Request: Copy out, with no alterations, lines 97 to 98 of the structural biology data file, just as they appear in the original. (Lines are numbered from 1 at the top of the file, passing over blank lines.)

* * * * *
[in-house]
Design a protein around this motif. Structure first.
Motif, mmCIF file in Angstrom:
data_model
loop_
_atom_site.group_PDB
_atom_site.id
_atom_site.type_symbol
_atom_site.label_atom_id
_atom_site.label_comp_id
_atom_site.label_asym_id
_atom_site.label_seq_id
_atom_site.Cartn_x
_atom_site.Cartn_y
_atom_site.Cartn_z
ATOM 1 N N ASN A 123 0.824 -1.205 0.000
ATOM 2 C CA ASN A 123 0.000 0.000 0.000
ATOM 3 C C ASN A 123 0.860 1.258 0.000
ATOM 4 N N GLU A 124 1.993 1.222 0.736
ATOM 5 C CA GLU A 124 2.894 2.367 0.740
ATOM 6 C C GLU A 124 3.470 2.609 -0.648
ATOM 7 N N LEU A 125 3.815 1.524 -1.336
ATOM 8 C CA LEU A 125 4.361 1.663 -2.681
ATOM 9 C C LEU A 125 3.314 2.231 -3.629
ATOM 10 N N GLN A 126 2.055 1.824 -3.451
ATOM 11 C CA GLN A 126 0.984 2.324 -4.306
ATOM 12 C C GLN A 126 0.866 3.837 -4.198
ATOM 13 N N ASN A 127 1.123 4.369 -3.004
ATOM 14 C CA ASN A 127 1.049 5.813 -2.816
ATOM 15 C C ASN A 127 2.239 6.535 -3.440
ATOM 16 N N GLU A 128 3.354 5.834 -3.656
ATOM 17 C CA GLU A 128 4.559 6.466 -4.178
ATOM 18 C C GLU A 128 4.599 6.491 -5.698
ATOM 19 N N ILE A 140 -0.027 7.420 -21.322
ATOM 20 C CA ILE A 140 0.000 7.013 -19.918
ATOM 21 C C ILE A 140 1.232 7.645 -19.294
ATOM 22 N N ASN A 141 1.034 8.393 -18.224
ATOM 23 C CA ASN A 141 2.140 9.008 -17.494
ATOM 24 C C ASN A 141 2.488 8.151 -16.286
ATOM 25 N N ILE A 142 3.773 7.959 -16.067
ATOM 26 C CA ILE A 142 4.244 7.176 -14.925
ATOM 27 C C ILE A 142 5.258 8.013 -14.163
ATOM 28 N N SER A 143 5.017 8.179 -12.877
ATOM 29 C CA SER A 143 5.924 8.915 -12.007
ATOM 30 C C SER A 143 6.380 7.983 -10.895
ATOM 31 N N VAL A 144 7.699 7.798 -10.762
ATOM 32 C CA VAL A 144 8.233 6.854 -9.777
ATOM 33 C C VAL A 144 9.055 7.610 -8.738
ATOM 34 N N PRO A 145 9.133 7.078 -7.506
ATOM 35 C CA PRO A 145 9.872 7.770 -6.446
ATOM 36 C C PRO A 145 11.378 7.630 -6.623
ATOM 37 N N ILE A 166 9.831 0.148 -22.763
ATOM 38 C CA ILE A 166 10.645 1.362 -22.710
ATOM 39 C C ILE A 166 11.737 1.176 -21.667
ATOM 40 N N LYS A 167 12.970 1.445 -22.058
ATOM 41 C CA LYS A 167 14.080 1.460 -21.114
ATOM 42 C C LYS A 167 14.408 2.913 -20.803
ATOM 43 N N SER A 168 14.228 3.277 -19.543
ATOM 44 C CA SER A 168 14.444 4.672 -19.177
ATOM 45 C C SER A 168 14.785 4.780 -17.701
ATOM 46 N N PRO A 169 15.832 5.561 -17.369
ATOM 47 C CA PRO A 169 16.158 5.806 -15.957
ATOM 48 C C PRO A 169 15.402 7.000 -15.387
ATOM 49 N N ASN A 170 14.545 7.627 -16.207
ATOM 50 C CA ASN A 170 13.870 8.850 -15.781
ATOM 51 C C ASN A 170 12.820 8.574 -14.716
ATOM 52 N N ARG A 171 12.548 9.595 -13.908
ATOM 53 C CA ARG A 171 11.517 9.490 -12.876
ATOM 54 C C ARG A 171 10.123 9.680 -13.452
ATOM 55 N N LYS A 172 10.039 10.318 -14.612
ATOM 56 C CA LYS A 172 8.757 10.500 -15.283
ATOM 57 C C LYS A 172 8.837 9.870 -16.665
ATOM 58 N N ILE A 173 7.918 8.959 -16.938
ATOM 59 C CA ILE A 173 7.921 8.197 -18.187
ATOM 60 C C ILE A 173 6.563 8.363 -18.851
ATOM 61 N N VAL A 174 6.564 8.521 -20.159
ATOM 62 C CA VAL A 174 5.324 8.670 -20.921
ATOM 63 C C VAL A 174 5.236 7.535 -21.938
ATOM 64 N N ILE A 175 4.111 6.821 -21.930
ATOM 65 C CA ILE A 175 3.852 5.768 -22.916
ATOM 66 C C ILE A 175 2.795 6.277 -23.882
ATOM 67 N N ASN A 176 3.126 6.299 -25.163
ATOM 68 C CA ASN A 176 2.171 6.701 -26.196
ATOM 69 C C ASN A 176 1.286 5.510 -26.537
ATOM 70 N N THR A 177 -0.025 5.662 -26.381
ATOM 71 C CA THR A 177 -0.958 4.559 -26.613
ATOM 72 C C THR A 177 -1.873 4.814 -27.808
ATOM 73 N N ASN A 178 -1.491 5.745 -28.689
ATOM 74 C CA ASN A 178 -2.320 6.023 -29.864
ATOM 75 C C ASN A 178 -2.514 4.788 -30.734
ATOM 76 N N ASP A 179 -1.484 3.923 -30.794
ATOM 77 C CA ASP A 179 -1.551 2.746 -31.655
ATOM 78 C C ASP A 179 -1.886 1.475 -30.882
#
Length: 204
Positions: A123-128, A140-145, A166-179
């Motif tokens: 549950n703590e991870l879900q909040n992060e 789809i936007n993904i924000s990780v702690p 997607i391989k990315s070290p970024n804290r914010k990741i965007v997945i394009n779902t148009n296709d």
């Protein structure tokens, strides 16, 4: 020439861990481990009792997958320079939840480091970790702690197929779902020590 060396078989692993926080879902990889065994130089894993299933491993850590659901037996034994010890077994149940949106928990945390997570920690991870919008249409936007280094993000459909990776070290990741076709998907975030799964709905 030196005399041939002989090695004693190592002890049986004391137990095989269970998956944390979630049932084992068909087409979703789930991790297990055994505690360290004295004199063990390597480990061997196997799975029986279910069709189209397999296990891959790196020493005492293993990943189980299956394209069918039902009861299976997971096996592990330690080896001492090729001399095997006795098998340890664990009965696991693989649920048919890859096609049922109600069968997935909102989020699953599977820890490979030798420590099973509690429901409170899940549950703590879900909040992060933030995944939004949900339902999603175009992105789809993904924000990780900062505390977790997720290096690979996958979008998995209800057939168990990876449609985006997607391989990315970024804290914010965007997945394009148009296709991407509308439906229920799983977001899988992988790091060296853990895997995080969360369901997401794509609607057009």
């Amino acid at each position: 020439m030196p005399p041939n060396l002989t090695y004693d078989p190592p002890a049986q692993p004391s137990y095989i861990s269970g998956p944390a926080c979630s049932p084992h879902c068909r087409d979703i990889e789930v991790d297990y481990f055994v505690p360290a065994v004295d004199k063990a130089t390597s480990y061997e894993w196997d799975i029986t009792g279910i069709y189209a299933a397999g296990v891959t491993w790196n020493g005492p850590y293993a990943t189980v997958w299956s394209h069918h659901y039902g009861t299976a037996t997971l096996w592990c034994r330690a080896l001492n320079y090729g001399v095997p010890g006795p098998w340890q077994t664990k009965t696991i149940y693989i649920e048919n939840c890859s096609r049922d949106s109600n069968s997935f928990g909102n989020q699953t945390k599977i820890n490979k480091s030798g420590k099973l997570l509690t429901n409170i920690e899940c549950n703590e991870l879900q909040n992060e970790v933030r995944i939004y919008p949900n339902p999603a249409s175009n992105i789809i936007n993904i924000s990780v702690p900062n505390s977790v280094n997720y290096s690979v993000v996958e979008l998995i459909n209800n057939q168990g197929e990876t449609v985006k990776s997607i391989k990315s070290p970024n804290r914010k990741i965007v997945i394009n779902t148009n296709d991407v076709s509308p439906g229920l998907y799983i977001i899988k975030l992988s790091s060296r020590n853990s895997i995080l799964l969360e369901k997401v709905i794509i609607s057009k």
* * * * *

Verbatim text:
């Motif tokens: 549950n703590e991870l879900q909040n992060e 789809i936007n993904i924000s990780v702690p 997607i391989k990315s070290p970024n804290r914010k990741i965007v997945i394009n779902t148009n296709d």
């Protein structure tokens, strides 16, 4: 020439861990481990009792997958320079939840480091970790702690197929779902020590 060396078989692993926080879902990889065994130089894993299933491993850590659901037996034994010890077994149940949106928990945390997570920690991870919008249409936007280094993000459909990776070290990741076709998907975030799964709905 030196005399041939002989090695004693190592002890049986004391137990095989269970998956944390979630049932084992068909087409979703789930991790297990055994505690360290004295004199063990390597480990061997196997799975029986279910069709189209397999296990891959790196020493005492293993990943189980299956394209069918039902009861299976997971096996592990330690080896001492090729001399095997006795098998340890664990009965696991693989649920048919890859096609049922109600069968997935909102989020699953599977820890490979030798420590099973509690429901409170899940549950703590879900909040992060933030995944939004949900339902999603175009992105789809993904924000990780900062505390977790997720290096690979996958979008998995209800057939168990990876449609985006997607391989990315970024804290914010965007997945394009148009296709991407509308439906229920799983977001899988992988790091060296853990895997995080969360369901997401794509609607057009």